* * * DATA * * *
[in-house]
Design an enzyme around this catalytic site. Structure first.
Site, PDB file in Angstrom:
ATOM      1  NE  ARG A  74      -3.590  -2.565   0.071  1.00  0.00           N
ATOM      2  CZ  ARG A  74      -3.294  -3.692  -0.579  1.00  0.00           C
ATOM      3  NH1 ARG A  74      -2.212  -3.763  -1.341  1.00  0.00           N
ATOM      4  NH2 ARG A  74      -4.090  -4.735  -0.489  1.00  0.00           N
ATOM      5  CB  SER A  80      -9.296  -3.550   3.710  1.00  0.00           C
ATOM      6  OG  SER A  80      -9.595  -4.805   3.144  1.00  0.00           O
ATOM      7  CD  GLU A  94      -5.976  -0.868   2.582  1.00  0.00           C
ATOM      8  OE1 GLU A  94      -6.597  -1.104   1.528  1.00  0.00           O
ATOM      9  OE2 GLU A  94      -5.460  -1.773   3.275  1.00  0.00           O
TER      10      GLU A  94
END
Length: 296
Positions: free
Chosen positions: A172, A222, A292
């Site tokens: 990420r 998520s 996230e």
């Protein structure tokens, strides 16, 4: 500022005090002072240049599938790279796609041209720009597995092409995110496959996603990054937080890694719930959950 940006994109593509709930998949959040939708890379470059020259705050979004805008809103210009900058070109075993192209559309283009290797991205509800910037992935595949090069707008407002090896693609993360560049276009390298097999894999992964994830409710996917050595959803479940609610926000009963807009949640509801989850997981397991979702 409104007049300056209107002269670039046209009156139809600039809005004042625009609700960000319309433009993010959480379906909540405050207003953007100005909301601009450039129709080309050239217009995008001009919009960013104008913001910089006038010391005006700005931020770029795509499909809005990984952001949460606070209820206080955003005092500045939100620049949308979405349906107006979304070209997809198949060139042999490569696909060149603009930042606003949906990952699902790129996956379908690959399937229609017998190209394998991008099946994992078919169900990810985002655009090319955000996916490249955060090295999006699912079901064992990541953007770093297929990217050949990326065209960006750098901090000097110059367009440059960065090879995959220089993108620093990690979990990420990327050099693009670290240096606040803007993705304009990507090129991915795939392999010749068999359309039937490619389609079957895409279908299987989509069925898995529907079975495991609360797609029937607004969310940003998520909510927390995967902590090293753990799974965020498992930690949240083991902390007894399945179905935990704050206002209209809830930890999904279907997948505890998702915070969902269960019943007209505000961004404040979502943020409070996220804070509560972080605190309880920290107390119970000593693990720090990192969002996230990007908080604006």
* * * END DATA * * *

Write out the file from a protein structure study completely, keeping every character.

[in-house]
Design an enzyme around this catalytic site. Structure first.
Site, PDB file in Angstrom:
ATOM      1  NE  ARG A  74      -3.590  -2.565   0.071  1.00  0.00           N
ATOM      2  CZ  ARG A  74      -3.294  -3.692  -0.579  1.00  0.00           C
ATOM      3  NH1 ARG A  74      -2.212  -3.763  -1.341  1.00  0.00           N
ATOM      4  NH2 ARG A  74      -4.090  -4.735  -0.489  1.00  0.00           N
ATOM      5  CB  SER A  80      -9.296  -3.550   3.710  1.00  0.00           C
ATOM      6  OG  SER A  80      -9.595  -4.805   3.144  1.00  0.00           O
ATOM      7  CD  GLU A  94      -5.976  -0.868   2.582  1.00  0.00           C
ATOM      8  OE1 GLU A  94      -6.597  -1.104   1.528  1.00  0.00           O
ATOM      9  OE2 GLU A  94      -5.460  -1.773   3.275  1.00  0.00           O
TER      10      GLU A  94
END
Length: 296
Positions: free
Chosen positions: A172, A222, A292
């Site tokens: 990420r 998520s 996230e």
């Protein structure tokens, strides 16, 4: 500022005090002072240049599938790279796609041209720009597995092409995110496959996603990054937080890694719930959950 940006994109593509709930998949959040939708890379470059020259705050979004805008809103210009900058070109075993192209559309283009290797991205509800910037992935595949090069707008407002090896693609993360560049276009390298097999894999992964994830409710996917050595959803479940609610926000009963807009949640509801989850997981397991979702 409104007049300056209107002269670039046209009156139809600039809005004042625009609700960000319309433009993010959480379906909540405050207003953007100005909301601009450039129709080309050239217009995008001009919009960013104008913001910089006038010391005006700005931020770029795509499909809005990984952001949460606070209820206080955003005092500045939100620049949308979405349906107006979304070209997809198949060139042999490569696909060149603009930042606003949906990952699902790129996956379908690959399937229609017998190209394998991008099946994992078919169900990810985002655009090319955000996916490249955060090295999006699912079901064992990541953007770093297929990217050949990326065209960006750098901090000097110059367009440059960065090879995959220089993108620093990690979990990420990327050099693009670290240096606040803007993705304009990507090129991915795939392999010749068999359309039937490619389609079957895409279908299987989509069925898995529907079975495991609360797609029937607004969310940003998520909510927390995967902590090293753990799974965020498992930690949240083991902390007894399945179905935990704050206002209209809830930890999904279907997948505890998702915070969902269960019943007209505000961004404040979502943020409070996220804070509560972080605190309880920290107390119970000593693990720090990192969002996230990007908080604006």